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Date: 05/09/2016 | By: Heather

Using Live Composite on the Olympus OM-D E-M1 for Fireworks

live composite fireworks olympus om-d e-m1

Using Live Composite on the Olympus OM-D E-M1 for Fireworks

Last weekend was the Bank Holiday weekend here in the UK – the only three days of the year when the population of most coastal Welsh towns quadruples, its sparse beaches suddenly alive with multicoloured windbreakers, sunbathers and surfers. It is also the so-called “last hurrah” before children and their parents return to the daily grind of school and work.

In our area, the festivities always close with a fireworks display on the beach. To photograph them, I decided to use the Live Composite mode on our Olympus OM-D E-M1 and M.Zuiko 12-40mm f/2.8.

olympus omd em1-3
The OM-D E-M1 and M.Zuiko 12-40mm f/2.8

Live Composite creates a composite image in-camera by adding new bright pixels to a base exposure. Since the camera only adds new points of light as they appear in the scene, it is less likely the image will overexpose. As you can imagine, it is extremely useful not just for fireworks but for any kind of night photography where the addition of light plays a critical role in the creation of the composition, such as star trails, light painting, headlight trails, or lightning.

To create a Live Composite of a fireworks display, follow these simple steps:

  • Set your camera up on a sturdy tripod and turn the shutter dial to the left until you reach “Live Comp”. It will appear in the place of the shutter speed.
Make sure “Live Comp” is selected
  • Choose your aperture and ISO. For the best results, try using a low ISO value and a slow aperture.
  • In the Custom Menu, go to Menu E and select Composite Settings. Here you can choose the exposure time per image. I generally find that 1/2 of a second is sufficient with the Live Composite mode, though you may want to experiment with longer exposures to capture more fluid trails.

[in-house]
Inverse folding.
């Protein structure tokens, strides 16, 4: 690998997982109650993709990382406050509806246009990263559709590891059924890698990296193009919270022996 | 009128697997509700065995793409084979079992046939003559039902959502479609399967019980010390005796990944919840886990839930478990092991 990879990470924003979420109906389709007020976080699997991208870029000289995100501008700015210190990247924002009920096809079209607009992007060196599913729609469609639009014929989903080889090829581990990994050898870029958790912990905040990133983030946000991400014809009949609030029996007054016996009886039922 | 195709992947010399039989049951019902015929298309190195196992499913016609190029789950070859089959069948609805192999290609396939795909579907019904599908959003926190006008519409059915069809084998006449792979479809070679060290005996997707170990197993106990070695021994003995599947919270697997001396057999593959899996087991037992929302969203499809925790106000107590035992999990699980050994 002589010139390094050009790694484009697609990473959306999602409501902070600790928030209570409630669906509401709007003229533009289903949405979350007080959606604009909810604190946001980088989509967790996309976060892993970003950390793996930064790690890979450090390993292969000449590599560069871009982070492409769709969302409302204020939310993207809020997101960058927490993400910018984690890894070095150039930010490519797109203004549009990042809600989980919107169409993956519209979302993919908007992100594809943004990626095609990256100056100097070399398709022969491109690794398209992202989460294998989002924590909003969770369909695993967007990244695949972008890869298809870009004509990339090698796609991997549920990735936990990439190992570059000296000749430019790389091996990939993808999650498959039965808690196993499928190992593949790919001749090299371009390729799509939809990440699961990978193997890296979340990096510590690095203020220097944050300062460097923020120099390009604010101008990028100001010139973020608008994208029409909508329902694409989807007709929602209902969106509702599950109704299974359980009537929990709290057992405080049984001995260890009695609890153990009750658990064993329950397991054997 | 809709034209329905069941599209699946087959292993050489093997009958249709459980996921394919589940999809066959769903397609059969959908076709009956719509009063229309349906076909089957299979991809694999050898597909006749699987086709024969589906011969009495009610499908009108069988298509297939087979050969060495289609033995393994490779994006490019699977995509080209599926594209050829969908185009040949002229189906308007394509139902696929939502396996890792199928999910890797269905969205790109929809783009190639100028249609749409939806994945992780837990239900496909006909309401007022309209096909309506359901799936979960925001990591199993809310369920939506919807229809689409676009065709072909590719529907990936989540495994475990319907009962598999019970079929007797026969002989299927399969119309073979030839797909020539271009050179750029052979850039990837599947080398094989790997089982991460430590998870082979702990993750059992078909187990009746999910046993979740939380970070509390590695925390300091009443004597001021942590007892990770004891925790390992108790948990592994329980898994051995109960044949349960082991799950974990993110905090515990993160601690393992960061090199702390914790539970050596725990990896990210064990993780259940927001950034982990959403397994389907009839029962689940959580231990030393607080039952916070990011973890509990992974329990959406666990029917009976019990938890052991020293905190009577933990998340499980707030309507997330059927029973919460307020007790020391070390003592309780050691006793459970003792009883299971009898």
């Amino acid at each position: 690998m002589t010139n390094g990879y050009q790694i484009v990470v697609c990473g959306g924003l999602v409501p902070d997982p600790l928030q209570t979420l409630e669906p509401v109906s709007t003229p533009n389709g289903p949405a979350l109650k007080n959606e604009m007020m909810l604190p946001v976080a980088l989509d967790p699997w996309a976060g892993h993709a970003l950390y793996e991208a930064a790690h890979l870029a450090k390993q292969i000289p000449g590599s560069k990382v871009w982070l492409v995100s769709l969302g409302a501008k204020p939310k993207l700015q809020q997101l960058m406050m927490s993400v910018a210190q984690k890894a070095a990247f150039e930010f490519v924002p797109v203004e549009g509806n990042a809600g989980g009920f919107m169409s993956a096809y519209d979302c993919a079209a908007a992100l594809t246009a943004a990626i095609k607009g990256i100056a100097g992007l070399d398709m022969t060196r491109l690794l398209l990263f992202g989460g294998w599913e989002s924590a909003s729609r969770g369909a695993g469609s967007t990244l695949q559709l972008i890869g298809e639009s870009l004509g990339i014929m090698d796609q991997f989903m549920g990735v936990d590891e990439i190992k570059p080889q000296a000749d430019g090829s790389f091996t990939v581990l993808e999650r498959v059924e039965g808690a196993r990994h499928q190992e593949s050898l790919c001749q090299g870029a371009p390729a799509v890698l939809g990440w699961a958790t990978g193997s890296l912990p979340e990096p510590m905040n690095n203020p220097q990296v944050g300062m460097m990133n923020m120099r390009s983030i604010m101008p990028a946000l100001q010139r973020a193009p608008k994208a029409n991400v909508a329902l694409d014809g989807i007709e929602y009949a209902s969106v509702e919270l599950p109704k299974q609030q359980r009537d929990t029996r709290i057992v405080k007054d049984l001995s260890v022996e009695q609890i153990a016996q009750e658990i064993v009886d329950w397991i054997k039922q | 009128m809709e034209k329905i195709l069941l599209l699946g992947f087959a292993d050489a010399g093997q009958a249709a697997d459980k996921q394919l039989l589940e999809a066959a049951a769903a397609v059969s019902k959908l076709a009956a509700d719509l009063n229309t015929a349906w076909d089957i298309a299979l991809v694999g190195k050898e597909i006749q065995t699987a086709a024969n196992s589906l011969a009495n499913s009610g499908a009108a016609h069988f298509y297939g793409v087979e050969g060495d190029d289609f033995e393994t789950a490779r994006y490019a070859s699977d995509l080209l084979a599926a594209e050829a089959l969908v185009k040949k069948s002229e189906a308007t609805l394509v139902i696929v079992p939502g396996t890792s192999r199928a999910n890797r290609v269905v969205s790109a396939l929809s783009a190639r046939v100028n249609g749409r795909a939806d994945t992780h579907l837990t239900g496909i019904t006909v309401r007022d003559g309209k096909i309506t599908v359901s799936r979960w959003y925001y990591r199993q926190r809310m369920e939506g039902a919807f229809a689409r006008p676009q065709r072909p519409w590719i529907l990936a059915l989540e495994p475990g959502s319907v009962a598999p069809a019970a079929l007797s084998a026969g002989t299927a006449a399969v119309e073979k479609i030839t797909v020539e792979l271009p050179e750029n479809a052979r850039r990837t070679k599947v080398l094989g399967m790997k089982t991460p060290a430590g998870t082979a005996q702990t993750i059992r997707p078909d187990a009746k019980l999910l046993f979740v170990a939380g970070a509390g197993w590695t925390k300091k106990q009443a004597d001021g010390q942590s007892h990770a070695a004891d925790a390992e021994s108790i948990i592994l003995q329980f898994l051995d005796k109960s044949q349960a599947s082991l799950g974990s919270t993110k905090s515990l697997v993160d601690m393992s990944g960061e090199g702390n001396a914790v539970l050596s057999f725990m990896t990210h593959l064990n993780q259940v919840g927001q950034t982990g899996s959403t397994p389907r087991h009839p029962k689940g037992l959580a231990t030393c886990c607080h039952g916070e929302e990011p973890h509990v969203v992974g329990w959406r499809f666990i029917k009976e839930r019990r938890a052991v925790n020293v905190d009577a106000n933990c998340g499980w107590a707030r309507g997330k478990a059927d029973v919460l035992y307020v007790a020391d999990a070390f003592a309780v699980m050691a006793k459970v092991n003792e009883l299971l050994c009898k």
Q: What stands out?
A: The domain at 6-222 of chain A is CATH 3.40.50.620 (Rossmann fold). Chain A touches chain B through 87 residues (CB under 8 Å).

Select Composite Settings
Choose your exposure time
Choose your exposure time
  • Use manual focus (MF) to select your focus point, preferably a point of light close to the firework launch point. By using MF, you will be sure that your focus point won’t change during the display. If there isn’t anything to focus on, wait until the first firework has been launched, lock onto it with autofocus, and switch back over the manual focus to lock the focus in place.
  • Press the shutter button once to take your base exposure and press it again to start the composite.
Start your composite
  • Watch the composite build on-screen. When you are satisfied with your composition, press the shutter button a third time to stop the composite.

The key when shooting fireworks with Live Composite is to stop the process before too many fireworks overlap, as this can cause the firework highlights to burn out. This is especially common with small firework displays such as the one I photographed, as they tend to launch the same type of firework over and over again from the same point of origin. (In large cities, by contrast, the fireworks tend to be more spread out.)